Aren’t we, the US taxpayers, going to fork over several billions for Mexico to “fight the drug war”?

    I’m sure, quite sure, very sure that would be money well spent, absolutely.

    “Efforts to eradicate small arms trafficking to stem the flow of American weapons into the hands of cartels on both sides of the border must also be bolstered. Cartels use their drug profits to buy American weapons on the black market. These weapons are routinely used to slaughter grossly under-armed Mexican police.”

    Sensible gun-safety laws, I’ve heard Mr Obama is quite a proponent of such.

    Gee whiz any one of our fellows know where they are selling grenades, full-auto Kalishnikovs, anti-tank weapons, RPGs, suppressors, SAWs, on the American black market? Must be at those evil gun shows that Obama and Mr Soros speak about.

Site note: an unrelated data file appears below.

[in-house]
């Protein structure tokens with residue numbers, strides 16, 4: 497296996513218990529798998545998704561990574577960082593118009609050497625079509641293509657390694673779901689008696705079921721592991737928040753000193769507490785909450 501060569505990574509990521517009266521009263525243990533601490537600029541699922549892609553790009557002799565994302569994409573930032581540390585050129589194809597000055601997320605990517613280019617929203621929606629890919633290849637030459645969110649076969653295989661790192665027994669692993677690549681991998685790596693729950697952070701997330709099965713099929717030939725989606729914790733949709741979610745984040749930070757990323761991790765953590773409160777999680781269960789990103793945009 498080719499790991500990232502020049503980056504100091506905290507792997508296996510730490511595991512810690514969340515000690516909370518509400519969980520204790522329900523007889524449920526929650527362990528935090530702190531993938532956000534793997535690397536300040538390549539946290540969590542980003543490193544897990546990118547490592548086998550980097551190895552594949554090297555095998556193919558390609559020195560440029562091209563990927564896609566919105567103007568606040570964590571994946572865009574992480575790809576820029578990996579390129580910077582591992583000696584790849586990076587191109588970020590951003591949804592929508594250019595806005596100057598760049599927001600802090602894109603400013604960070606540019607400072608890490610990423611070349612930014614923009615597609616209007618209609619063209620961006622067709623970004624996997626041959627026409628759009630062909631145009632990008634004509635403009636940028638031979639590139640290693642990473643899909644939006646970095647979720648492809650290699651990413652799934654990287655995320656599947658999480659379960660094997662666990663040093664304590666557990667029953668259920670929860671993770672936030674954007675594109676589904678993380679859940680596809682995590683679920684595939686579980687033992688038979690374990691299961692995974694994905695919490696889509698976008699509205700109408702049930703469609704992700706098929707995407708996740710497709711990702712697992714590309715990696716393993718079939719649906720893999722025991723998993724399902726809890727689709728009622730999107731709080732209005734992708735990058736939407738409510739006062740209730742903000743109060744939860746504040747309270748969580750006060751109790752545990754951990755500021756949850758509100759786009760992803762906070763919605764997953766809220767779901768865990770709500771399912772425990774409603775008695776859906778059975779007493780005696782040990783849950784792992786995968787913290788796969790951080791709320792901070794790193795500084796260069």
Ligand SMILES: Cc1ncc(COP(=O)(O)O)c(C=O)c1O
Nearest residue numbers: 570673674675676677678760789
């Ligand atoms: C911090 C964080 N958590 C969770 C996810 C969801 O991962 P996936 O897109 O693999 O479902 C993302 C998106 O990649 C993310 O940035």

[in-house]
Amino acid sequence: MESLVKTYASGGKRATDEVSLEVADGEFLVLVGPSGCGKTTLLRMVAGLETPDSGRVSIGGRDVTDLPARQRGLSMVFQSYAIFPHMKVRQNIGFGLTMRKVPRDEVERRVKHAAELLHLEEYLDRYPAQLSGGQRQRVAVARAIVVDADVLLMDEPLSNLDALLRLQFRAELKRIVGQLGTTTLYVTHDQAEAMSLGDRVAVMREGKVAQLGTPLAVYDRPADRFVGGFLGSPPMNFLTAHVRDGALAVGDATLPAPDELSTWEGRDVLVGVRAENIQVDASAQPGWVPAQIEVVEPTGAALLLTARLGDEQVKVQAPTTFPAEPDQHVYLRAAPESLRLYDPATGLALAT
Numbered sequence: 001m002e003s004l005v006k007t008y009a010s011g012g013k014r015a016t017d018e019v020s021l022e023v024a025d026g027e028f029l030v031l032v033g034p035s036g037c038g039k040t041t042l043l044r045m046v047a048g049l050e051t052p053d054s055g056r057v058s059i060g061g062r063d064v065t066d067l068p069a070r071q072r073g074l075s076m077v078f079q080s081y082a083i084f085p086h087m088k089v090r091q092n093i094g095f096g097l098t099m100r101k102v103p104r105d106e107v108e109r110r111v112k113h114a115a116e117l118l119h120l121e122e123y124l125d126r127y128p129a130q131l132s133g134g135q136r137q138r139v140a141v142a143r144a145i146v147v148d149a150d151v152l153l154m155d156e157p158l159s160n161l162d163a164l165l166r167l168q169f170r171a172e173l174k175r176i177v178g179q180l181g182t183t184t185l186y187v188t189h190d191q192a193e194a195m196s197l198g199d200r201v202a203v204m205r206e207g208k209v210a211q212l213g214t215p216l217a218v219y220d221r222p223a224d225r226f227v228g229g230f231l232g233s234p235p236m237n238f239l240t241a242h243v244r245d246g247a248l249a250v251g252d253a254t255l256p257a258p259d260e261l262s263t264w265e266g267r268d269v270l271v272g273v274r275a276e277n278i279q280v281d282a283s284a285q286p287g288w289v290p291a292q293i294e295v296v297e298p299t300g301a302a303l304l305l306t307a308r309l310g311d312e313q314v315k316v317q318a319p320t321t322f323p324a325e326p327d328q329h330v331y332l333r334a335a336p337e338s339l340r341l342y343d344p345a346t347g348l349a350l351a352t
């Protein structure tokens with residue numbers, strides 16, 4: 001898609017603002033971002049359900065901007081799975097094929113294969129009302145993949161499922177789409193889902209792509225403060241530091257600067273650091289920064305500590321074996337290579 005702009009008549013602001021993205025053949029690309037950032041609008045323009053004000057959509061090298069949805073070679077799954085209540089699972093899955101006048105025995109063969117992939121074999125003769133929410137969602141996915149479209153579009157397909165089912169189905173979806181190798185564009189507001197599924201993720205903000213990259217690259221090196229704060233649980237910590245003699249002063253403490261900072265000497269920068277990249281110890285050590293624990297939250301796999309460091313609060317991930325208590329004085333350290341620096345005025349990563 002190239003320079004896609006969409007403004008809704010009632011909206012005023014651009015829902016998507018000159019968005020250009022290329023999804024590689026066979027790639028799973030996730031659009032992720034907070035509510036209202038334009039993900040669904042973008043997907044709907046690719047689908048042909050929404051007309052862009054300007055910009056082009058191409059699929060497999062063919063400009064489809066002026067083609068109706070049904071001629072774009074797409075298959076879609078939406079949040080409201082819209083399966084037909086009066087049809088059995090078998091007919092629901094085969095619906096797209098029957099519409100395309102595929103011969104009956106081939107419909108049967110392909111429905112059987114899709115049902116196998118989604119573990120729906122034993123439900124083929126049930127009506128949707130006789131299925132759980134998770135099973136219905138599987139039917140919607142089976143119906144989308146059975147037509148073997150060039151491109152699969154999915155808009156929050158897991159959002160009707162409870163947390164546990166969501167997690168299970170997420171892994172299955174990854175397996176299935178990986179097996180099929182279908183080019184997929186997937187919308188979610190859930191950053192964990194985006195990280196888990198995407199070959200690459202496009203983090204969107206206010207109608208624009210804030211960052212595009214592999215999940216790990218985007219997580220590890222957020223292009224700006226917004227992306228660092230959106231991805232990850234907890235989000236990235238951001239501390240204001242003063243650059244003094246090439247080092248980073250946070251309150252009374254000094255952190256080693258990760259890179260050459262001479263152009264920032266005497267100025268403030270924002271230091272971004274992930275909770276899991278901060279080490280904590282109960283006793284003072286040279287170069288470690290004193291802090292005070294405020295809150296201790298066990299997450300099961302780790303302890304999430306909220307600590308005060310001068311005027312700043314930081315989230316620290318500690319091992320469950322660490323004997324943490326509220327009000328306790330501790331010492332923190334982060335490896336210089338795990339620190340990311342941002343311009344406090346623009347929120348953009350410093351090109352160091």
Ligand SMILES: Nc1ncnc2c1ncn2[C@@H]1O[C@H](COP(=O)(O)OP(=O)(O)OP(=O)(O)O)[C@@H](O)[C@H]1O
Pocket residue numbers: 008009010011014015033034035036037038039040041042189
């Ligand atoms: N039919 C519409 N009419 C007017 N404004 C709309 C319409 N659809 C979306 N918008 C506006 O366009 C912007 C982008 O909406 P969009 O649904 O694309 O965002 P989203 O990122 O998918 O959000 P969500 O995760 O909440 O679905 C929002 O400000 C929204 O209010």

3. EmeryNelsonon 06 Nov 2008 at 6:11 pm 3

    It’s certainly true that the Cartels can be violent but what’s not stated is that they are also honest. They make deals, which they live up to, employ an untold number of Mexicans, loan money to businesses and home buyers, and generally do this without the corruption of the Mexican government.

    As one who lives in a drug growing/producing county it’s easy to see what the authors don’t. Governments are much more corrupt then drug cartels and the force of law is unevenly used and makes a mockery of justice. Our county SD doesn’t bother much with the local growers but do go after the Mexicans because they have bad habits in our pristine national forests. However, this all changes once a year when CAMP starts up. But it’s over soon and we return to our daily lives where the cares of the state mean little. I wonder if it’s not the same in Mexico?